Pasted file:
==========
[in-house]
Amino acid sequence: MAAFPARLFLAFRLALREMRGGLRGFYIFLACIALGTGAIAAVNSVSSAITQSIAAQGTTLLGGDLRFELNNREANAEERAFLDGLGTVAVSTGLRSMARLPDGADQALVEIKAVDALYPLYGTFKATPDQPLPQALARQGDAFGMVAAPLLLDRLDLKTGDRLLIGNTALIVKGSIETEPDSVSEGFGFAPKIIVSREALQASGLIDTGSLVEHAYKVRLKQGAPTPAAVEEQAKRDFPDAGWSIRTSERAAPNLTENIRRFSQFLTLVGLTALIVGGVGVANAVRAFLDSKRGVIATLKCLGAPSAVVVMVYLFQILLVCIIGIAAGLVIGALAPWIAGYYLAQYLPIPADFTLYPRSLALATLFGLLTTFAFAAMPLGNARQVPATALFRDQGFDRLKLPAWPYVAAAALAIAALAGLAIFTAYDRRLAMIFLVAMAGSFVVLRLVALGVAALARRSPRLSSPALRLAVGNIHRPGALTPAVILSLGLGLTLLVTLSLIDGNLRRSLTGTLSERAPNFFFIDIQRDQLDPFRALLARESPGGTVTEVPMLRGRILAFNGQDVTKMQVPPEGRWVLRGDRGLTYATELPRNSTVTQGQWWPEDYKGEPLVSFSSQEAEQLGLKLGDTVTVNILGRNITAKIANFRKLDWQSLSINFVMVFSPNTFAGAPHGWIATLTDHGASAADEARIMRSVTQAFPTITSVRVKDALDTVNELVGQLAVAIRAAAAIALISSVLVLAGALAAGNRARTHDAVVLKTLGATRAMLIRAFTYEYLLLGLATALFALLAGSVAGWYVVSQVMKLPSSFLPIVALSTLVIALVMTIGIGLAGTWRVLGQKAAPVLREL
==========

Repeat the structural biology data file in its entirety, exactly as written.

[in-house]
Amino acid sequence: MAAFPARLFLAFRLALREMRGGLRGFYIFLACIALGTGAIAAVNSVSSAITQSIAAQGTTLLGGDLRFELNNREANAEERAFLDGLGTVAVSTGLRSMARLPDGADQALVEIKAVDALYPLYGTFKATPDQPLPQALARQGDAFGMVAAPLLLDRLDLKTGDRLLIGNTALIVKGSIETEPDSVSEGFGFAPKIIVSREALQASGLIDTGSLVEHAYKVRLKQGAPTPAAVEEQAKRDFPDAGWSIRTSERAAPNLTENIRRFSQFLTLVGLTALIVGGVGVANAVRAFLDSKRGVIATLKCLGAPSAVVVMVYLFQILLVCIIGIAAGLVIGALAPWIAGYYLAQYLPIPADFTLYPRSLALATLFGLLTTFAFAAMPLGNARQVPATALFRDQGFDRLKLPAWPYVAAAALAIAALAGLAIFTAYDRRLAMIFLVAMAGSFVVLRLVALGVAALARRSPRLSSPALRLAVGNIHRPGALTPAVILSLGLGLTLLVTLSLIDGNLRRSLTGTLSERAPNFFFIDIQRDQLDPFRALLARESPGGTVTEVPMLRGRILAFNGQDVTKMQVPPEGRWVLRGDRGLTYATELPRNSTVTQGQWWPEDYKGEPLVSFSSQEAEQLGLKLGDTVTVNILGRNITAKIANFRKLDWQSLSINFVMVFSPNTFAGAPHGWIATLTDHGASAADEARIMRSVTQAFPTITSVRVKDALDTVNELVGQLAVAIRAAAAIALISSVLVLAGALAAGNRARTHDAVVLKTLGATRAMLIRAFTYEYLLLGLATALFALLAGSVAGWYVVSQVMKLPSSFLPIVALSTLVIALVMTIGIGLAGTWRVLGQKAAPVLREL